The grassroots organization People for Bernie on Tuesday advised the Democratic Party to take a page from an unlikely source—right-wing Vice President Mike Pence—after Pence told a rally crowd in Florida that progressives and Democrats "want to make rich people poorer, and poor people more comfortable."
"Good message," tweeted the group, alerting the Democratic National Committee to adopt the vice president's simple, straightforward description of how the party can prioritize working people over corporations and the rich.
Suggesting that a progressive approach to the economy will harm the country—despite the fact that other wealthy nations already invest heavily in making low- and middle-income "more comfortable" by taxing corporations and very high earners—Pence touted the Republicans' aim to "cut taxes" and "roll back regulations."
The vice president didn't mention how the Trump administration's 2017 tax cuts overwhelmingly benefited wealthy households and powerful corporations, with corporate income tax rates slashed from 35% to 21%, corporate tax revenues plummeting, and a surge in stock buybacks while workers saw "no discernible wage increase" according to a report released last year by the Economic Policy Institute and the Center for Popular Democracy.
Similarly, the Republican Party's recent attempts to roll back regulations include measures that have actively harmed working families, including the administration's termination of overtime protections for workers—resulting in an estimated $1.2 billion in lost earnings—and of requirements that federal contractors meet labor and wage standards.
While the GOP during the coronavirus pandemic has allowed enhanced unemployment benefits to expire and cited concerns over the federal deficit while blocking legislation to offer Americans a second round of $1,200 stimulus checks—despite the fact that the deficit has grown by trillions of dollars under President Donald Trump—progressives including Sen. Bernie Sanders (I-Vt.) have consistently called for robust economic relief for workers.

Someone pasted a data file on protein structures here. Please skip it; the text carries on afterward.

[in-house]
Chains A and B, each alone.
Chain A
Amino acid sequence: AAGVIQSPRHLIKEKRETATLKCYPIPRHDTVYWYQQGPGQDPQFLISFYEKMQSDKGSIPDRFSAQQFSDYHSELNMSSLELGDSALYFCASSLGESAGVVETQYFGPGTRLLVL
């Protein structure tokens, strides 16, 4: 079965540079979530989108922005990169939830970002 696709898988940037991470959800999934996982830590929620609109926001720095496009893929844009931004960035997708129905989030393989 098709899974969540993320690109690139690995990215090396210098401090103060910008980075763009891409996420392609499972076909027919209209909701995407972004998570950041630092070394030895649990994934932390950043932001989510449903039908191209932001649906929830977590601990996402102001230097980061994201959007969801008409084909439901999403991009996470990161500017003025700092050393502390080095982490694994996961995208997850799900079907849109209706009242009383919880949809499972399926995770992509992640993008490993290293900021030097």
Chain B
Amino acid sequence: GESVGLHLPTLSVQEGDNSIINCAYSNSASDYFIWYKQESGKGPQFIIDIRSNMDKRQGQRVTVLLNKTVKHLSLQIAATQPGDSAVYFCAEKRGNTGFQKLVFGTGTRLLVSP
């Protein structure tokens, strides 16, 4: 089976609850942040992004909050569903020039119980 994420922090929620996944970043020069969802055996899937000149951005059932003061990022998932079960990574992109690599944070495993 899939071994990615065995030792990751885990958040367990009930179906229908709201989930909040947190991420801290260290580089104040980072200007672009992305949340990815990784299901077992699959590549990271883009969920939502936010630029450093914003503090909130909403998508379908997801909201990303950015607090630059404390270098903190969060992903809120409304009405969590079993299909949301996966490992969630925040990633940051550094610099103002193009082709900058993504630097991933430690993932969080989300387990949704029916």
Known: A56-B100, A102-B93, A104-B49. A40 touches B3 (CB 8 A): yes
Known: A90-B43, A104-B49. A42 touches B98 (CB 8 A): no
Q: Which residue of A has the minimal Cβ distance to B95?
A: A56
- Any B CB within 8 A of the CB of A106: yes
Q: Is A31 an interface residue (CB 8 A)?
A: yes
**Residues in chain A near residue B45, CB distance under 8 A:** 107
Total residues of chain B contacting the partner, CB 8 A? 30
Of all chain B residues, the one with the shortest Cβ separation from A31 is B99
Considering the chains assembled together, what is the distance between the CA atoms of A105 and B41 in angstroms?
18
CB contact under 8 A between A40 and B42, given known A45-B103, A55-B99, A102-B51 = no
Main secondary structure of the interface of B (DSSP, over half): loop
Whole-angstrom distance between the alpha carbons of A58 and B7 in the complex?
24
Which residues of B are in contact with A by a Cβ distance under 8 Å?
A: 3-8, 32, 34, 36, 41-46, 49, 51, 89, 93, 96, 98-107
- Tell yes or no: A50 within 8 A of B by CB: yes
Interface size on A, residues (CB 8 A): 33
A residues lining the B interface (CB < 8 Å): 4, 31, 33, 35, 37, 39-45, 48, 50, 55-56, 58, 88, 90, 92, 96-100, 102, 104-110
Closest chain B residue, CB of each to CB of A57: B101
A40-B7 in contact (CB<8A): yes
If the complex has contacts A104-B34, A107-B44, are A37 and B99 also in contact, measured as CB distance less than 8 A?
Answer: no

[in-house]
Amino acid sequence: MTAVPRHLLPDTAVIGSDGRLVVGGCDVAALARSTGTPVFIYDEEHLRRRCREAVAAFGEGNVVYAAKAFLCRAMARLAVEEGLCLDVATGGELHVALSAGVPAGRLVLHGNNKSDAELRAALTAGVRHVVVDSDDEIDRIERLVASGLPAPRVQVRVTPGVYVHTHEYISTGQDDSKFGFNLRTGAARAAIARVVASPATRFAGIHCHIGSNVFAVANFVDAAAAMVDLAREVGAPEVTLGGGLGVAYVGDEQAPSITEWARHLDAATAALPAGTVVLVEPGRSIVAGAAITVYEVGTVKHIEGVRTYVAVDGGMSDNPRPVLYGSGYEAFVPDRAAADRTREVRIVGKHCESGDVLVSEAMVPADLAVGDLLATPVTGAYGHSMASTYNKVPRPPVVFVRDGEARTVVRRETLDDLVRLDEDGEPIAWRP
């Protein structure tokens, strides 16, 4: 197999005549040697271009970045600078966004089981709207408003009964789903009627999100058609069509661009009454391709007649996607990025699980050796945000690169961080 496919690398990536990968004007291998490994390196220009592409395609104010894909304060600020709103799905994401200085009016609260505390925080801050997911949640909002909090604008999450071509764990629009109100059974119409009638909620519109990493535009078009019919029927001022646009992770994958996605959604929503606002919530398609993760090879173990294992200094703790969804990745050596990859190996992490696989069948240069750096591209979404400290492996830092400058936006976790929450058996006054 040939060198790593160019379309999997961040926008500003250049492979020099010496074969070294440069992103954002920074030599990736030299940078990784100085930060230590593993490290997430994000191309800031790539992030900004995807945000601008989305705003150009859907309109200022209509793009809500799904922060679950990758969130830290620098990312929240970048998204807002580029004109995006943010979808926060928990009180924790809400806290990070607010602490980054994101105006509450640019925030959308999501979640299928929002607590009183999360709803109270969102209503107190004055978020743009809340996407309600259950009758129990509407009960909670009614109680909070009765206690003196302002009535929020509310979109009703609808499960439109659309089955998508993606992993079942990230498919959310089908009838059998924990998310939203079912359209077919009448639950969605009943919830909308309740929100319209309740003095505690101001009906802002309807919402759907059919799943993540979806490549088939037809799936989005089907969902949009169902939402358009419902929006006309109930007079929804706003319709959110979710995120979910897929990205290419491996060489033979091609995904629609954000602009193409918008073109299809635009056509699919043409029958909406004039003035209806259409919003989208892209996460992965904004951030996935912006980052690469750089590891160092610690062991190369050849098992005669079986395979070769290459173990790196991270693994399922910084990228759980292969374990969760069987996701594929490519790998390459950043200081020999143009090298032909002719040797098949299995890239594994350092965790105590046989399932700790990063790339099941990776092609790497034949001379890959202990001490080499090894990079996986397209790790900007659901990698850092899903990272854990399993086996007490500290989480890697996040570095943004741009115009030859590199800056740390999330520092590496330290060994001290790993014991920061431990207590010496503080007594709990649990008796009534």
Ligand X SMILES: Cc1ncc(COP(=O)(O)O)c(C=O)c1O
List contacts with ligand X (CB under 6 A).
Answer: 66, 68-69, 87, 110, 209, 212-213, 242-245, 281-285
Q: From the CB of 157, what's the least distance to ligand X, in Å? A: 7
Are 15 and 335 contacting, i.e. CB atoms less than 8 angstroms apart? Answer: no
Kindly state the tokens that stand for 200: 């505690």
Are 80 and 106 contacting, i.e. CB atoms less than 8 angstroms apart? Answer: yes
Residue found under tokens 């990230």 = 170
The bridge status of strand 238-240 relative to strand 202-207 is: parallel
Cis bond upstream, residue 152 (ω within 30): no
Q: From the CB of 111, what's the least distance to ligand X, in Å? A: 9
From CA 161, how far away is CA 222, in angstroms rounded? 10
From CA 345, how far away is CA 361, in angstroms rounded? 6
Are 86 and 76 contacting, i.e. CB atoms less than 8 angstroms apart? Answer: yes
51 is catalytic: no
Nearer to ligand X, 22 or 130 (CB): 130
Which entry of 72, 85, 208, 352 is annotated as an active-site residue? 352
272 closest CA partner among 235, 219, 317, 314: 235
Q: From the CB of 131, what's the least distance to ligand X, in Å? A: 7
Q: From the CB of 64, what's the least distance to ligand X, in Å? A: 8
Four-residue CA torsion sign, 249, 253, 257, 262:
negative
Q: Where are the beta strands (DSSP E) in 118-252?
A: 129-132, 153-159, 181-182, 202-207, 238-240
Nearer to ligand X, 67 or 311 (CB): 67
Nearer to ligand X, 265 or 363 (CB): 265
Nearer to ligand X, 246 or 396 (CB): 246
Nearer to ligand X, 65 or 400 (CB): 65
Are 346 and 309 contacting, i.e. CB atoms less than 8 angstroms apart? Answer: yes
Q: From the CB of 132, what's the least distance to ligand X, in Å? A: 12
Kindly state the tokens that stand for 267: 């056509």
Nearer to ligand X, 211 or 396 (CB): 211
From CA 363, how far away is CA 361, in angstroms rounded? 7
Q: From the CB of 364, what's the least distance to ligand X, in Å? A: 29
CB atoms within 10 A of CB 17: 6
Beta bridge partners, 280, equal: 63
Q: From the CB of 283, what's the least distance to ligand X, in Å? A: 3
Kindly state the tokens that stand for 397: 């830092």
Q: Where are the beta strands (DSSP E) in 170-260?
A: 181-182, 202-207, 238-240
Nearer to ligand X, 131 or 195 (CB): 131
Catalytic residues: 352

Along with Sen. Ed Markey (D-Mass.) and Vice President-elect Kamala Harris, Sanders introduced legislation to provide Americans with monthly payments of $2,000 in May, saying the $1,200 direct payment included in the CARES Act last March was "not nearly enough."
In August, Sanders also introduced a bill to tax the "obscene wealth gains" of U.S. billionaires during the pandemic, which would raise at least $420 billion—a sum that would allow the popular Medicare program to pay all out-of-pocket healthcare expenses for everyone in the U.S. for a year.
Pence's description of progressive goals was "exactly" correct, author and commentator Anand Giridharadas tweeted.
Yes, and what's wrong with making poor people more comfortable?" asked Rep. Ilhan Omar (D-Minn.).
The consumer advocacy group Public Citizen denounced Pence for suggesting the government should not prioritize the wellbeing of Americans who are struggling financially during a pandemic, including an estimated 50 million people expected to face food insecurity this year.
"You have to be all sorts of twisted to think 'making poor people more comfortable' is a bad thing," tweeted the group.